A first look at After Life, an exhibition of poignant portraits of extinct and endangered species from Sean Dooley, which opens at the Horniman Museum and Gardens this Saturday. featured post *rugenius

A first look at After Life, an exhibition of poignant portraits of extinct and endangered species from Sean Dooley, which opens at the Horniman Museum and Gardens this Saturday.

September 26th, 2013

Last night we celebrated the opening of a new photographic exhibition at the Horniman Museum and Gardens in London. The new exhibition, After Life features poignant portraits of extinct and endangered animals by photographer Sean Dooley. Dooley visited natural history museums and private collections across the country, capturing images of specimens of species rarely (or never) seen in the wild, exploring the conflict between collection and conservation.

The exhibition runs until March, more details via the Horniman here.

Dooley writes: "Every preserved specimen represents a life lost. The human need to understand, enjoy and benefit from nature must be balanced against the right of other species to the continuation of life."
A selection of images from the After Life series. Clockwise from top left: Sunda Slow Loris (University of Glasgow Zoology Museum), Great Auk (Hunterian Museum, Royal College of Surgeons), Chimpanzee (Horniman Museum & Gardens), Passenger Pigeon (Private collection), Huia (D'Arcy Thompson Zoology Museum), Scottish Wildcat (CSG CIC Glasgow Museums Collection).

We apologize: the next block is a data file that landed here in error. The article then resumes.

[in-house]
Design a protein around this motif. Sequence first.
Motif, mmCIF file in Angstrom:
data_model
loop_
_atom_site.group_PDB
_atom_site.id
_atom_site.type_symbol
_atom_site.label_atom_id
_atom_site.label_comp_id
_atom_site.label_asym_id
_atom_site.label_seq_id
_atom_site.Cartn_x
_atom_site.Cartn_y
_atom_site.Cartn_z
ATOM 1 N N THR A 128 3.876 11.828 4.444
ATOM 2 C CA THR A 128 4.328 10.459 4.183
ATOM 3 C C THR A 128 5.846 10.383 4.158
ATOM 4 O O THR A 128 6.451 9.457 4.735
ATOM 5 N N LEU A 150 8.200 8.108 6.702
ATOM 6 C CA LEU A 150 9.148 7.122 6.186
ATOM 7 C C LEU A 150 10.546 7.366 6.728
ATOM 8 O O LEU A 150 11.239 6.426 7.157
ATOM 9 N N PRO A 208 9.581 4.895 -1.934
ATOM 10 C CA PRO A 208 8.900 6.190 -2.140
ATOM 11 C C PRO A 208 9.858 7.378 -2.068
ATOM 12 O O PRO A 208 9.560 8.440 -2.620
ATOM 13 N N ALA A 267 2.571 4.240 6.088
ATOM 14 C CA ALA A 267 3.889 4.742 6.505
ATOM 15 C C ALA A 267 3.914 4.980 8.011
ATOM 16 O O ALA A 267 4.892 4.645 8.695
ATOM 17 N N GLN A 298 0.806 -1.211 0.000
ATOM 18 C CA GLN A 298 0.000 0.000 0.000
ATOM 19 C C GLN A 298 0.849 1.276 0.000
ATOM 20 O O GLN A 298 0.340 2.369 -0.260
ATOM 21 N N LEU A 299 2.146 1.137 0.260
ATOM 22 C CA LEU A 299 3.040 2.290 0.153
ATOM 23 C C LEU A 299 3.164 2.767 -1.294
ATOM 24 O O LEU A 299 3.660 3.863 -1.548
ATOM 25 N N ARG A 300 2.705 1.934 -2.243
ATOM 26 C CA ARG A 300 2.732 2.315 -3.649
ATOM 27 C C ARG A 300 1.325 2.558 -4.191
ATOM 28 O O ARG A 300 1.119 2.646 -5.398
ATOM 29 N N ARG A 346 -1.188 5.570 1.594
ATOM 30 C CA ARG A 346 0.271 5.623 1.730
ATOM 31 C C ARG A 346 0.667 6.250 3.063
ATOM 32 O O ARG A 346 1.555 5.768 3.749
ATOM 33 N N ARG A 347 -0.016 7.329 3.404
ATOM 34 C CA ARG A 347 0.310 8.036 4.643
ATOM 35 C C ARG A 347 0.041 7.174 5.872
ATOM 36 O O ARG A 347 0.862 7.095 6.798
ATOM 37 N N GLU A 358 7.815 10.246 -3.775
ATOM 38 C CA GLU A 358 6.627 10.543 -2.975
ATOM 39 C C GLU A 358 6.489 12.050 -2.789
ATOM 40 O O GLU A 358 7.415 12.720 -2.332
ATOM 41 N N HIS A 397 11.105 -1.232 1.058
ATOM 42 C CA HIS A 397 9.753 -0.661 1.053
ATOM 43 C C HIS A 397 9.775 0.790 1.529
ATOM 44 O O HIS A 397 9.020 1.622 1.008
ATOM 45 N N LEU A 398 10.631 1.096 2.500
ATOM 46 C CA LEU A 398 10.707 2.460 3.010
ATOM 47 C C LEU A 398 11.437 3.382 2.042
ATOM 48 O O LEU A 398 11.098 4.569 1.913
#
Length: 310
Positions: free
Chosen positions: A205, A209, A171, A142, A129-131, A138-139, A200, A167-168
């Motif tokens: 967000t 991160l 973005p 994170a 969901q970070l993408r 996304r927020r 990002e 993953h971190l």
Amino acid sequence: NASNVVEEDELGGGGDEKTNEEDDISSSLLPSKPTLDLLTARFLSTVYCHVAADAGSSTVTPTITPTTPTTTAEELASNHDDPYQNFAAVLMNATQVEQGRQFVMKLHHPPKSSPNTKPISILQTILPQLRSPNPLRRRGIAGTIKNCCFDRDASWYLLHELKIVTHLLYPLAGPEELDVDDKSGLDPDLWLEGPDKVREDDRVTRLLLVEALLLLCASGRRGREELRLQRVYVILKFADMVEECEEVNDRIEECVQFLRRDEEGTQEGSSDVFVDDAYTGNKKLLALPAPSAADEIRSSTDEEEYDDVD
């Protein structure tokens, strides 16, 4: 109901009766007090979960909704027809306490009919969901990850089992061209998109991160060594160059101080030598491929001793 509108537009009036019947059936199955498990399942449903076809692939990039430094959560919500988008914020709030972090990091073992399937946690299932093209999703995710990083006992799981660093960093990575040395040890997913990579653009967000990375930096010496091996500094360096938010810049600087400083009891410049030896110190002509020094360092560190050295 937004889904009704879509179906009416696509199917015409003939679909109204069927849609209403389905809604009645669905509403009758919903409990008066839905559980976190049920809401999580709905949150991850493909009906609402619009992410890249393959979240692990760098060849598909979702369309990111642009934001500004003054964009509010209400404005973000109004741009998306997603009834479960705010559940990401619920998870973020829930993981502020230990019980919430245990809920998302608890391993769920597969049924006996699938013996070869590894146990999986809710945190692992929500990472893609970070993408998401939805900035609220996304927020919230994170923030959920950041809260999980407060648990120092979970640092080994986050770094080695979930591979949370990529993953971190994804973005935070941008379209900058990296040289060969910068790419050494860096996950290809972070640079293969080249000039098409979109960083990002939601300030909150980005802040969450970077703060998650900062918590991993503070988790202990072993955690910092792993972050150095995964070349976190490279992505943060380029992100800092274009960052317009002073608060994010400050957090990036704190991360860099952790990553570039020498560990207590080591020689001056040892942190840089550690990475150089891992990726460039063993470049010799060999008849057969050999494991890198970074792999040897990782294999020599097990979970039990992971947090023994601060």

"The survival of all the species depicted in this project is threatened in some way. Because of their rarity the mounts are important specimens, sometimes the last of their species, so precious that they aren’t on display."

Through his photography, Dooley offers the public a rare glimpse at these specimens as well as opening a dialogue about the importance of museum collections.
Ruffed Lemur from the Zoology Museum, University of Glasgow.
A selection of mounted Kakapos.
Young polar bear from the CSG CIC Glasgow Museums Collection.
The balcony gallery exhibition space, including one of the Kakapo specimens from the collection of the Horniman Museum and Gardens featured in the After Life series.
The portrait of the Kakapo, whose specimen accompanies After Life. This particular specimen is one of several held by the museum and was the subject of a recent loan.

The exhibition opens to the public on Saturday, the 28th of September and runs until the 2nd of March, see details here, and is joined on the Balcony Gallery by a selection of images from the recent Bioblitz review project.
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